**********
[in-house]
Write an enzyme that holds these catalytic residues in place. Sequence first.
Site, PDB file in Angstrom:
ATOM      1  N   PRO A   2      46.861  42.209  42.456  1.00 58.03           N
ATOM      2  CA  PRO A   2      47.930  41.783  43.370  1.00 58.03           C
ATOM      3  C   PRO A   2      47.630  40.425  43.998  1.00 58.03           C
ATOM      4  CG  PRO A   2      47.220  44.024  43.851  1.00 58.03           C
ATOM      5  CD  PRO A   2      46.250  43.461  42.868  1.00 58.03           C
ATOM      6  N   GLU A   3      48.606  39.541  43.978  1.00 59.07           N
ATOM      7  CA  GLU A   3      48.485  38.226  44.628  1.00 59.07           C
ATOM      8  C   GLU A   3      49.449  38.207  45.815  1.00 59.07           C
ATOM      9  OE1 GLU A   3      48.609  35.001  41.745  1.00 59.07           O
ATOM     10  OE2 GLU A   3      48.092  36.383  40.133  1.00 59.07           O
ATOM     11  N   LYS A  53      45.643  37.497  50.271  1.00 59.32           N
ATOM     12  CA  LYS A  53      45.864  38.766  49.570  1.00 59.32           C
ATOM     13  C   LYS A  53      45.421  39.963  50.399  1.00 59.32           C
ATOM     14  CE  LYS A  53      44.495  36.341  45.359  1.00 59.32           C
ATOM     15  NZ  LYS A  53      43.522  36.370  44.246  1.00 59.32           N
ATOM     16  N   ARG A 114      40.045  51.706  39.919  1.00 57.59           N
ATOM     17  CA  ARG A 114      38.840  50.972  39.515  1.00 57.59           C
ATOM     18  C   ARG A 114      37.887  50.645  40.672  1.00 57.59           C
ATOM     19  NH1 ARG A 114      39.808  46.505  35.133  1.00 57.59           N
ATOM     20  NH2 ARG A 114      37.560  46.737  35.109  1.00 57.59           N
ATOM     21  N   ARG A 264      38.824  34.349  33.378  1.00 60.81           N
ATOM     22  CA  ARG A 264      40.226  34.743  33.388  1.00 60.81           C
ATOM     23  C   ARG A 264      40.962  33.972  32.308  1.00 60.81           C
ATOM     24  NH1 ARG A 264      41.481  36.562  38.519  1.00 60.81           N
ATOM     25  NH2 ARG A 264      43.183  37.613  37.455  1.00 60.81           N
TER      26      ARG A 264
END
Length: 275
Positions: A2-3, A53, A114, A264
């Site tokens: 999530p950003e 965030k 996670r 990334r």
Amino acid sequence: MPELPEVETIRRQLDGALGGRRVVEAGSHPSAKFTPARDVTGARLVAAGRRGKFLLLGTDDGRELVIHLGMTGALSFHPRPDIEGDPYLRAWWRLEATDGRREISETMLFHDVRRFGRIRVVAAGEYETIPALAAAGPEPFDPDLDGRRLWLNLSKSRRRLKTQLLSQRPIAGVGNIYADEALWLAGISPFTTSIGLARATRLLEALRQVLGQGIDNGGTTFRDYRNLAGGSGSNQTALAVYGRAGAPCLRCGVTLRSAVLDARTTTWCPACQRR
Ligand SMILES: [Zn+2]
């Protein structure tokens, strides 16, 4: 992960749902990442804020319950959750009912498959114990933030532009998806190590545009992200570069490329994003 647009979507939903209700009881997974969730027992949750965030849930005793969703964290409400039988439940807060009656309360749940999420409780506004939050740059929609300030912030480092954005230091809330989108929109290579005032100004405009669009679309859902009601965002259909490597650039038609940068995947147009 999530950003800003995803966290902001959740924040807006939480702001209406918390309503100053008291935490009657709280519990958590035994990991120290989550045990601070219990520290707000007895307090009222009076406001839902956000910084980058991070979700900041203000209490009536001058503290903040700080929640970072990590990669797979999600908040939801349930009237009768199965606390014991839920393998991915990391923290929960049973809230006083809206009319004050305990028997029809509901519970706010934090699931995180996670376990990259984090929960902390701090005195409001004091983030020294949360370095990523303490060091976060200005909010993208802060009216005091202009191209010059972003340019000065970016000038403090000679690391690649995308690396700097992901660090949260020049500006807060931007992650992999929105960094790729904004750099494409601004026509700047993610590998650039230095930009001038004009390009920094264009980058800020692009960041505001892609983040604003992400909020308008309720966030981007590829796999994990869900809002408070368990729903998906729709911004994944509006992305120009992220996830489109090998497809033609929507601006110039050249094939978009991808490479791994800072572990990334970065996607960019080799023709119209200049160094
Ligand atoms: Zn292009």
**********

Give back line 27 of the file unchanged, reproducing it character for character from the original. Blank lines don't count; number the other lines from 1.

ATOM     24  NH1 ARG A 264      41.481  36.562  38.519  1.00 60.81           N